Just in case there are still some folks out there who continue to insist that there is a firm cause-and-effect relationship between anthropogenic global warming and the decline of amphibian species around the world despite our pointing out on numerous occasions just how tenuous such a linkage is (pay attention here Al), we present the following abstract of a paper by Jason Rohr and colleagues titled “Evaluating the links between climate, disease spread, and amphibian decline,” published November 11, 2008 in the Proceedings of the National Academy of Sciences (PNAS):
Human alteration of the environment has arguably propelled the Earth into its sixth mass extinction event and amphibians, the most threatened of all vertebrate taxa, are at the forefront. Many of the worldwide amphibian declines have been caused by the chytrid fungus, Batrachochytrium dendrobatidis (Bd), and two contrasting hypotheses have been proposed to explain these declines. Positive correlations between global warming and Bd-related declines sparked the chytrid-thermal-optimum hypothesis, which proposes that global warming increased cloud cover in warm years that drove the convergence of daytime and nighttime temperatures toward the thermal optimum for Bd growth. In contrast, the spatiotemporal-spread hypothesis states that Bd-related declines are caused by the introduction and spread of Bd, independent of climate change. We provide a rigorous test of these hypotheses by evaluating (i) whether cloud cover, temperature convergence, and predicted temperature dependent Bd growth are significant positive predictors of amphibian extinctions in the genus Atelopus and (ii) whether spatial structure in the timing of these extinctions can be detected without making assumptions about the location, timing, or number of Bd emergences. We show that there is spatial structure to the timing of Atelopus spp. extinctions but that the cause of this structure remains equivocal, emphasizing the need for further molecular characterization of Bd. We also show that the reported positive multi-decade correlation between Atelopus spp. extinctions and mean tropical air temperature in the previous year is indeed robust, but the evidence that it is causal is weak because numerous other variables, including regional banana and beer production, were better predictors of these extinctions. Finally, almost all of our findings were opposite to the predictions of the chytrid-thermal-optimum hypothesis. Although climate change is likely to play an important role in worldwide amphibian declines, more convincing evidence is needed of a causal link. [emphasis added].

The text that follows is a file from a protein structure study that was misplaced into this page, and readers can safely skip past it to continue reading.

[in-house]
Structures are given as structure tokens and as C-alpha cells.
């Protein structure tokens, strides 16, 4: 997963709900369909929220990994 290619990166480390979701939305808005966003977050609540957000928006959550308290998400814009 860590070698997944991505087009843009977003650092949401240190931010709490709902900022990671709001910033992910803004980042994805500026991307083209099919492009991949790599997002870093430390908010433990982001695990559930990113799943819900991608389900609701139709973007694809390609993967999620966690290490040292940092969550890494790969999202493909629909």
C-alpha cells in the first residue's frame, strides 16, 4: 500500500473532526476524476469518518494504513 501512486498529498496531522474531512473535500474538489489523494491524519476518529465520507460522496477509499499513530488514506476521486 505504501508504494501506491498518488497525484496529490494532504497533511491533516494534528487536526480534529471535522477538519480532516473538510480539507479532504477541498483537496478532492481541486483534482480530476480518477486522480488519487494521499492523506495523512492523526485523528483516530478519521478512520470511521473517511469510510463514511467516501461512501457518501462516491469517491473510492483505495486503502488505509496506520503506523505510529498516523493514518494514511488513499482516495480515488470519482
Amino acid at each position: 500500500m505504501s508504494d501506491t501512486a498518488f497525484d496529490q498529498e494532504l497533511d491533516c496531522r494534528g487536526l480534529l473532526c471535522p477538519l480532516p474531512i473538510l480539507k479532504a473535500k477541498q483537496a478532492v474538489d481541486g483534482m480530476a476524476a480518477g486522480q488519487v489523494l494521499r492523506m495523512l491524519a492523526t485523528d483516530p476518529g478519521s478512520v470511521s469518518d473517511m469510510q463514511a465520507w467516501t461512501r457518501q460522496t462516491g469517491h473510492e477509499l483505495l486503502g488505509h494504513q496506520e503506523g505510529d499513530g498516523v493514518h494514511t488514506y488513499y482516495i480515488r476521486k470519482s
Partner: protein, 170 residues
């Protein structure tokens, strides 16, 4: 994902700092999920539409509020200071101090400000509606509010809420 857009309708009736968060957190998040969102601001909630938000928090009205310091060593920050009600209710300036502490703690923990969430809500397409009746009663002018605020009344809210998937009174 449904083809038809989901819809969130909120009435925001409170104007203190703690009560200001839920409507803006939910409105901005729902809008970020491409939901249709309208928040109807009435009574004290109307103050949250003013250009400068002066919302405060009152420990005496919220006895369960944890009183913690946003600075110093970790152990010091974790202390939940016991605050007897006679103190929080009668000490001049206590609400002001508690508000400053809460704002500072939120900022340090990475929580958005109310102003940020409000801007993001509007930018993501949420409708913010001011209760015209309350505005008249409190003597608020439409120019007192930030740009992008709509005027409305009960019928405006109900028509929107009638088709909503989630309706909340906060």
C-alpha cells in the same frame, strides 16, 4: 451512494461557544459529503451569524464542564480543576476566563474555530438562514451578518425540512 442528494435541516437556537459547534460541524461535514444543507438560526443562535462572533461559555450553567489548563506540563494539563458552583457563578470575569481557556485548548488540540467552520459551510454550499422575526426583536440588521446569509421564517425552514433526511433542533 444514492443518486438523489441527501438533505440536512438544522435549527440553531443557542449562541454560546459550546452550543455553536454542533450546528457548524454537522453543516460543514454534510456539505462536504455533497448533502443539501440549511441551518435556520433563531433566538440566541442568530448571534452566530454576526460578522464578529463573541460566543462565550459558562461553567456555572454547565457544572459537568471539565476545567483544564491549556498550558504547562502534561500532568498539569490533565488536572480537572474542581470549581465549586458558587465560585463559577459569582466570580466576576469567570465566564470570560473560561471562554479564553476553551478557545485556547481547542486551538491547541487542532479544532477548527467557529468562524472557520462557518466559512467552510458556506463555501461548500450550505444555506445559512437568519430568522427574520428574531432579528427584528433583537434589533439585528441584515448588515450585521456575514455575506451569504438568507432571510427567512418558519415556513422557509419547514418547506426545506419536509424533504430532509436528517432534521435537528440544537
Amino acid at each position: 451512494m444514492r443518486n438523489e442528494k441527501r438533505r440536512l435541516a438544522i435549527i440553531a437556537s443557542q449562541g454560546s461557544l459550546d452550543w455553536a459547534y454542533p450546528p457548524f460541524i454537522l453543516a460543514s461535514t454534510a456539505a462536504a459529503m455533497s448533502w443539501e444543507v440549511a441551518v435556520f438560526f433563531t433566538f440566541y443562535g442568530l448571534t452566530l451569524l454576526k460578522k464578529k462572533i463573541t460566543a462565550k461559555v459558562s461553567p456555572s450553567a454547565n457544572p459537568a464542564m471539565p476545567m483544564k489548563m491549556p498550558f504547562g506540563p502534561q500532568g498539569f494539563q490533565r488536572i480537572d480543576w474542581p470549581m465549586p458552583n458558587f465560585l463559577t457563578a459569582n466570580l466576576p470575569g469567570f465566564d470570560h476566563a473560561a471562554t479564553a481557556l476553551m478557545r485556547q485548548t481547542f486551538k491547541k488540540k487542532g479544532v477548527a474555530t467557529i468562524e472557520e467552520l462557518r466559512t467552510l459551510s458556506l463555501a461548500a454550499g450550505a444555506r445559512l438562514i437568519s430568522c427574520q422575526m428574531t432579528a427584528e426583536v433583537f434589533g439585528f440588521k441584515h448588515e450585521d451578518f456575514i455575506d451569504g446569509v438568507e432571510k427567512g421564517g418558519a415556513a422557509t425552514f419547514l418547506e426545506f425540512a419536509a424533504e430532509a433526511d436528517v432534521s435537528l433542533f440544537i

Admittedly, in our previous WCRs describing why global warming was not killing frogs, we never came up with the link to banana and beer production (although perhaps some prior consumption of those items would have improved our creativity). In any case, by examining the patterns and timing of the amphibian declines compared with the patterns and timing of regional climate changes, Rohr and colleagues present a pretty good case against global warming.
And as far as the last line of the abstract goes, is seems like it was included to increase the odds of publication in PNAS—a more formal expression of the idea that “even though we’ve pretty much dismissed the current global-warming-is-killing-frogs hypothesis in our paper, we can’t discount folks coming up with a different global-warming-is-killing-frogs hypothesis at some point in the future, after all, anthropogenic climate change must be doing bad things, mustn’t it?”
Rohr, J. R. et al, 2008. Evaluating the links between climate, disease spread, and amphibian decline. Proceedings of the National Academy of Sciences, 105, 17436-17441.